As for how creators will earn from the hub, TechCrunch says the IGTV videos will have link-out options, allowing creators to drive traffic to their own websites or stores. Instagram is apparently planning to offer monetization in the future, but it has yet to finalize the details for it. We might not have to wait that long to see the hub for ourselves anyway: Instagram sent out press invites for an event on June 20th, 9AM PT/12PM ET.

Article source: https://www.engadget.com/2018/06/20/instagram-igtv-long-form-video-hub/

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The Morning After: Another all-screen phone

We'll give them $4.50 cash and five dollars in store credit.GameStop confirms buyout talks as downloads take their toll

In the wake of a Reuters leak, GameStop has confirmed it's in talks about a "potential transaction." While the retail chain is shy about what those discussions involve and isn't promising a deal, the sources claimed the chats were in response to "buyout interest" from private equity companies like Sycamore Partners.

Interesting.Porsche invests in EV supercar-maker Rimac

Just recently, luxury automaker Porsche teased its electric Mission E sports car, showing its shadowy silhouette that's not unlike its other non-EV cars. Now, the company has shown it's getting even more serious about electric vehicles and its Mission E development by teaming up with EV supercar-maker Rimac, creator of the Concept Two electric hypercar.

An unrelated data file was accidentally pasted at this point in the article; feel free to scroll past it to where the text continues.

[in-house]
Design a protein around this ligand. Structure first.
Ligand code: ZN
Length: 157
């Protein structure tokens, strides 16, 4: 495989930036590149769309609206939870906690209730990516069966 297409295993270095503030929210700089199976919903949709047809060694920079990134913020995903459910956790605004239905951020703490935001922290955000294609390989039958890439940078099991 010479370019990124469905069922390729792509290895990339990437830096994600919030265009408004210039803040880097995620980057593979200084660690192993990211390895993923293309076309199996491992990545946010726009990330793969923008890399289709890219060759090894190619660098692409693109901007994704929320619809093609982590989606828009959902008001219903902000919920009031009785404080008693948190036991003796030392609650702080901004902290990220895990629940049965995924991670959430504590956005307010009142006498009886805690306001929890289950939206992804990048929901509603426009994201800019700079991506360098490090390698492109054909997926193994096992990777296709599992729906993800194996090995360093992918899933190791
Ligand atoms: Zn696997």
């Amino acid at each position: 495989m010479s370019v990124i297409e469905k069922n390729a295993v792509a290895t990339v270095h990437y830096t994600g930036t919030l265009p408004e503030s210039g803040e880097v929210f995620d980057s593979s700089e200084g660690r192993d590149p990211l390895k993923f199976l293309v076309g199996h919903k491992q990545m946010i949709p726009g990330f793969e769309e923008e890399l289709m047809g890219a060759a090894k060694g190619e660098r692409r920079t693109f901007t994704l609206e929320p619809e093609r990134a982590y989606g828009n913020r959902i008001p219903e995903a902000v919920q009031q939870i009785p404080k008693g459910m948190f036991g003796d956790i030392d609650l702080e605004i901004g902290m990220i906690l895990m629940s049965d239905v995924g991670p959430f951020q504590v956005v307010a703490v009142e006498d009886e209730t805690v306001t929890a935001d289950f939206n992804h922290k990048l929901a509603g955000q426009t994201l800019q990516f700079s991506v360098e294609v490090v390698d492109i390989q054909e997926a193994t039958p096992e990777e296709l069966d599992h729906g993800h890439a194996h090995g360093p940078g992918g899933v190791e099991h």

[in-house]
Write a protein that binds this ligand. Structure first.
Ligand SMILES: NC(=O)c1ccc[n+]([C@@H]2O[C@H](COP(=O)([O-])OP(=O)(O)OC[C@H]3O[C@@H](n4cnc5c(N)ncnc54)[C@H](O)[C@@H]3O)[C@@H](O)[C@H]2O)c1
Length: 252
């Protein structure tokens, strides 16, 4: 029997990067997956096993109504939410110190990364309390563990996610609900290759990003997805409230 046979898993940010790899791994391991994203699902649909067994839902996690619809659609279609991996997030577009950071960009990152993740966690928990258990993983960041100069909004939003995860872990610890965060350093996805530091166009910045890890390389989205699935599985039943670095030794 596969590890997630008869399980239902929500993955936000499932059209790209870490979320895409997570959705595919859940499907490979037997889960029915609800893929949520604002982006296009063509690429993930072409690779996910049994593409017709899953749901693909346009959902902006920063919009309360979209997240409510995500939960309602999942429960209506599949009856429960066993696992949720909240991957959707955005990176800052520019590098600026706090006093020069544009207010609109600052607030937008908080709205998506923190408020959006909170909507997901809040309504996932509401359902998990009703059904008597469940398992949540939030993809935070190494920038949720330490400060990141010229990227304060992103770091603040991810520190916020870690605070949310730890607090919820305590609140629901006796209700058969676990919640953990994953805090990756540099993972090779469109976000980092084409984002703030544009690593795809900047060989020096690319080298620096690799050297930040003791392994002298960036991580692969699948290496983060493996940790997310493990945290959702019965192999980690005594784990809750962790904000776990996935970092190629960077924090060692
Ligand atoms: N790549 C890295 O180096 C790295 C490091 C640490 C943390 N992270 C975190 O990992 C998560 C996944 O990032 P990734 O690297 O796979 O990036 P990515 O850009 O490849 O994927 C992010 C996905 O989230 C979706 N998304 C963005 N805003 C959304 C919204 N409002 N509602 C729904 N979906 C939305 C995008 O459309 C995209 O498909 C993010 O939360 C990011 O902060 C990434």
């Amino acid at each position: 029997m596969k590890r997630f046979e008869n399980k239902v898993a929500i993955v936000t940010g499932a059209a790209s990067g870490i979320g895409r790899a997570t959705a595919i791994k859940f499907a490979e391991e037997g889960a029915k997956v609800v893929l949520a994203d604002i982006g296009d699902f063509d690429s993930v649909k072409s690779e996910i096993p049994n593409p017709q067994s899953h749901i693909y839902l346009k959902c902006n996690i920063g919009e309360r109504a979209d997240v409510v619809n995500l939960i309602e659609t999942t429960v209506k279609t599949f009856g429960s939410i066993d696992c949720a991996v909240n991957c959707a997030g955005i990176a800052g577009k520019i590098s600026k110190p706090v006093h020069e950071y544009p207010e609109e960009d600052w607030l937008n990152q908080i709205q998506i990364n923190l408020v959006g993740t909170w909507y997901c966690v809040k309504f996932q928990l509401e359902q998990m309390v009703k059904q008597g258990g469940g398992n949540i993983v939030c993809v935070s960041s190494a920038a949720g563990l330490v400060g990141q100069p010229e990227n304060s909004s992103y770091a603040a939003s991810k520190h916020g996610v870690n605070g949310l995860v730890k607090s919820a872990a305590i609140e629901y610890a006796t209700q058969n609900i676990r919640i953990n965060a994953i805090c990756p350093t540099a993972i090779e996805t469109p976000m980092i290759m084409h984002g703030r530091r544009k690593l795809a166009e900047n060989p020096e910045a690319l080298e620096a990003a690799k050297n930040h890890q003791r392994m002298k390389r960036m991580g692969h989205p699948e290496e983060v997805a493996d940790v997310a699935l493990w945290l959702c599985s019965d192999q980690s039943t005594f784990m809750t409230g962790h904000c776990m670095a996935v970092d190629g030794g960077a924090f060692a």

You can uninstall Listen.Google's dedicated podcast app for Android is here

After soft-launching as a web app linked to Google Search, there's finally a Google-made podcast player for Android again (after it abandoned the Reader-linked Listen app years ago). Google Podcasts works across not just phones but on all devices Google Assistant can reach. Right now, it's fairly basic, but the company is promising AI-driven enhancements including transcription and, of course, suggestions.

Enjoy some big names you missed the first time around.Some of the most popular PS4 titles now cost just $20

In keeping with the tradition set on its previous consoles, Sony has introduced a selection of best-selling PS4 games for a discount. 'PlayStation Hits' will offer titles like Metal Gear Solid V, Doom, Bloodborne and Uncharted 4 for $20. The game line will be available online and in stores -- just look for the red banner at the top of the box.

Another truly all-screen phone?Oppo's all-screen Find X hides a pop-up selfie camera